Another market with strong dynamics is Colombia. We entered this market a little over 1 year ago through the acquisition of the Colombian credit bureau, CIFIN, which had grown revenue at a double-digit CAGR in the 5 years prior to our acquisition. With more than 40% market share in Colombia, CIFIN was already a solid player with differentiated data assets in the banking sector and some untapped data assets in the commercial and credit union markets. We see tremendous opportunity for rapid growth as we benefit from favorable macro trends as well as implementing our growth playbook by introducing new products, entering adjacent markets, better aligning sales teams and building out our global technology infrastructure.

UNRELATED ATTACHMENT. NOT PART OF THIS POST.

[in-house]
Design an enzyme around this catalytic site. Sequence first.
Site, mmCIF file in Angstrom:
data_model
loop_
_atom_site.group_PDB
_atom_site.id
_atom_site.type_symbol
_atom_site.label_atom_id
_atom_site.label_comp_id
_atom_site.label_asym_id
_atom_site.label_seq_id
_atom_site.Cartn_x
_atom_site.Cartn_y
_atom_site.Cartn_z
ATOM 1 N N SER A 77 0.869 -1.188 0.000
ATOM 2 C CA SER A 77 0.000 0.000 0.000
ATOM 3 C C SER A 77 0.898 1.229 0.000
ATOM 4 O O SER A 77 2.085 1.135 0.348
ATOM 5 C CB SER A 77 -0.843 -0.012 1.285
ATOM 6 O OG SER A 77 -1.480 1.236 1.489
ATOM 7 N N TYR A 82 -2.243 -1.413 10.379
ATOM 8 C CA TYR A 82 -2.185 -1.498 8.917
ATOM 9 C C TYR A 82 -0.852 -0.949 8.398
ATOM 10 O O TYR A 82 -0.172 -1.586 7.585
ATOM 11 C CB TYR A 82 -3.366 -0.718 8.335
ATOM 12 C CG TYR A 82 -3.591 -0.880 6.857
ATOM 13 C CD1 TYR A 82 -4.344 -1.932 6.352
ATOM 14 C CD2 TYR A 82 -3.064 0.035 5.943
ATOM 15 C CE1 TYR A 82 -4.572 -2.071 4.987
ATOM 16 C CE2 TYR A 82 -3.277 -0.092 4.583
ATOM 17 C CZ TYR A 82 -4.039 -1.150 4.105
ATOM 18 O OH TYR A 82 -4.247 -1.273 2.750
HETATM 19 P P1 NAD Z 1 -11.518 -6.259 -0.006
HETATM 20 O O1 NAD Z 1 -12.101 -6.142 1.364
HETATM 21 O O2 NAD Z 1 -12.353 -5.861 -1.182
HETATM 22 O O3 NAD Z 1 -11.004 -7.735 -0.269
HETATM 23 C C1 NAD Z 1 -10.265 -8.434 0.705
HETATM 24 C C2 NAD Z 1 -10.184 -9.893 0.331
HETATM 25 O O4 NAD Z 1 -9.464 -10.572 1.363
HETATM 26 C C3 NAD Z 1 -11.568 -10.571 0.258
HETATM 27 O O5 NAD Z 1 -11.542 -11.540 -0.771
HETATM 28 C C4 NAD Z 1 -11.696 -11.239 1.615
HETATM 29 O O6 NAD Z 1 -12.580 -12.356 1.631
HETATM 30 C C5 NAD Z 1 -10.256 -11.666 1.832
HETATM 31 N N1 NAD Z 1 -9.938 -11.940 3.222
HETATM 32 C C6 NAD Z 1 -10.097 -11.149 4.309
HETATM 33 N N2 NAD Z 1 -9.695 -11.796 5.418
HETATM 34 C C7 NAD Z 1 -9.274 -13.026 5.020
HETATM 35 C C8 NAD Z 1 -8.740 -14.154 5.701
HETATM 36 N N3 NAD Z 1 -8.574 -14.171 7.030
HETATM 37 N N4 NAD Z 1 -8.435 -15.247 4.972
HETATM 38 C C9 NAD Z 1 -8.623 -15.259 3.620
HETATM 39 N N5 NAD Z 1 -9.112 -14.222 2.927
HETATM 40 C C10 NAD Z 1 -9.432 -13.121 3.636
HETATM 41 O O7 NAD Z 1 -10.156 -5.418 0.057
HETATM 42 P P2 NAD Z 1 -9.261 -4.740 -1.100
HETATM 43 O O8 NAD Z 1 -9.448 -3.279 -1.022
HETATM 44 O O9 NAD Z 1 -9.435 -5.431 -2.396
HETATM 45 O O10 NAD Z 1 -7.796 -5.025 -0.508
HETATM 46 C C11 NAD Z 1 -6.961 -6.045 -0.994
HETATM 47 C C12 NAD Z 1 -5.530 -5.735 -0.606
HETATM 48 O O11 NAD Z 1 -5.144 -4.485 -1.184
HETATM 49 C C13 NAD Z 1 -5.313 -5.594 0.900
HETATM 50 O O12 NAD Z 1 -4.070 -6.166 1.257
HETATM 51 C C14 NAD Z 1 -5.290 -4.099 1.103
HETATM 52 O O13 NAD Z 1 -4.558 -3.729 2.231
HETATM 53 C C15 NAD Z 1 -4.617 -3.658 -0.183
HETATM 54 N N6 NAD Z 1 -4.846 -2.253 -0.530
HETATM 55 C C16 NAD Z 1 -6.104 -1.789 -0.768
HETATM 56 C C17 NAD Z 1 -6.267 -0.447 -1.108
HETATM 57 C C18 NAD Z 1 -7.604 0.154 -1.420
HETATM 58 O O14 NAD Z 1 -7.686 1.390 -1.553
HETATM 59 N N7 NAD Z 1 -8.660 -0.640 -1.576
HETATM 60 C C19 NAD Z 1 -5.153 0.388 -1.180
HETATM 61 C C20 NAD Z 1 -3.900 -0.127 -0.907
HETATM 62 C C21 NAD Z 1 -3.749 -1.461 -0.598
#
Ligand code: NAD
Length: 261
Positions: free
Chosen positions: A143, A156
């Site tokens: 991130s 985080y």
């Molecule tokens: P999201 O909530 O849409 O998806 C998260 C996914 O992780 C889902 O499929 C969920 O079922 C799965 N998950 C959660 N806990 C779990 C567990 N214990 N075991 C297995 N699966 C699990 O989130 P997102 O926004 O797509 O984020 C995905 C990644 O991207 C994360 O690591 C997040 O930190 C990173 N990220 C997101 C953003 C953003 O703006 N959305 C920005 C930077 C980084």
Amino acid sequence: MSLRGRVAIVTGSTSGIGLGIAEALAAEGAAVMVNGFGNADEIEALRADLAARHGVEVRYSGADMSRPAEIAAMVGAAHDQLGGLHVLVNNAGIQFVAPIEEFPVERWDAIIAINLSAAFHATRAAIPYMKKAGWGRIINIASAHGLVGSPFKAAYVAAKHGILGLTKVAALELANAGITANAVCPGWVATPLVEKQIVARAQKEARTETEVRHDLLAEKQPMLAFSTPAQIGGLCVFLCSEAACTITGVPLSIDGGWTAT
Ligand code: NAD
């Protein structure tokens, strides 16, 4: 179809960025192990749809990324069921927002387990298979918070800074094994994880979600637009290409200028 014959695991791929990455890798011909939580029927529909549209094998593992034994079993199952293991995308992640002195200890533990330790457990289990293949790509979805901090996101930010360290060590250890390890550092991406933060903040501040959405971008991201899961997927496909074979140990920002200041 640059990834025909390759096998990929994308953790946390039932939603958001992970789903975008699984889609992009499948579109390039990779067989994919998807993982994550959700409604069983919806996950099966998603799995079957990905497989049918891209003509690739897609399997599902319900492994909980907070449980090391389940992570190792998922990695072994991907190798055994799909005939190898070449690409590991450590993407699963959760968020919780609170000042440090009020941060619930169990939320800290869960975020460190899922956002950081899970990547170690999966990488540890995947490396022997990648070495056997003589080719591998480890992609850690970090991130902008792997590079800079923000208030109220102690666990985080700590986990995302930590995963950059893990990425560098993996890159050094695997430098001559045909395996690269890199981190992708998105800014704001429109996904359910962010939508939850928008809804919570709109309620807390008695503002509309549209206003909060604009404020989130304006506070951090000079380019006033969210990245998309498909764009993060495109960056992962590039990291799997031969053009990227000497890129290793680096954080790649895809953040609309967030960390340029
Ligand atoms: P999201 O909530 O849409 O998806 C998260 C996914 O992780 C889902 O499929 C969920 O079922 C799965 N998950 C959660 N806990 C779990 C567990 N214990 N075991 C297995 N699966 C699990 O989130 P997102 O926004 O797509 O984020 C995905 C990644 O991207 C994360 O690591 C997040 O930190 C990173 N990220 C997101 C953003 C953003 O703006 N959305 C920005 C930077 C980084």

First, some context on the positive macro situation. Colombia is the fourth largest economy in Latin America, with strong historical and projected GDP growth. It has the third largest population and one that is particularly young at an average age of 30 years. And, more importantly for us, there is an expanding middle class that was 25% of the population in 2015 and is expected to be 37% of an even larger population in 2020. Like most thriving emerging economies, credit is playing a critical role in this socioeconomic development. For instance, consumer credit transaction actually more than doubled from 2009 to 2014 and are expected to grow high single digits going forward. And while that is encouraging, the actions we've taken in our first year of ownership had meaningfully repositioned the business for success. In the past year, we've upgraded the talent in the business to align with our growth objectives. We have also recently assessed the needs of top customers in the market, and we believe that by executing our growth playbook, there's an opportunity to capture market share, similar to what we achieved in Canada. To facilitate this strategy, we also rebuilt our sales force. And to a certain extent, a sales force is only as good as the products they have to sell, so we are introducing new products like decisioning platforms, ID and fraud protection, CreditVision and direct-to-consumer.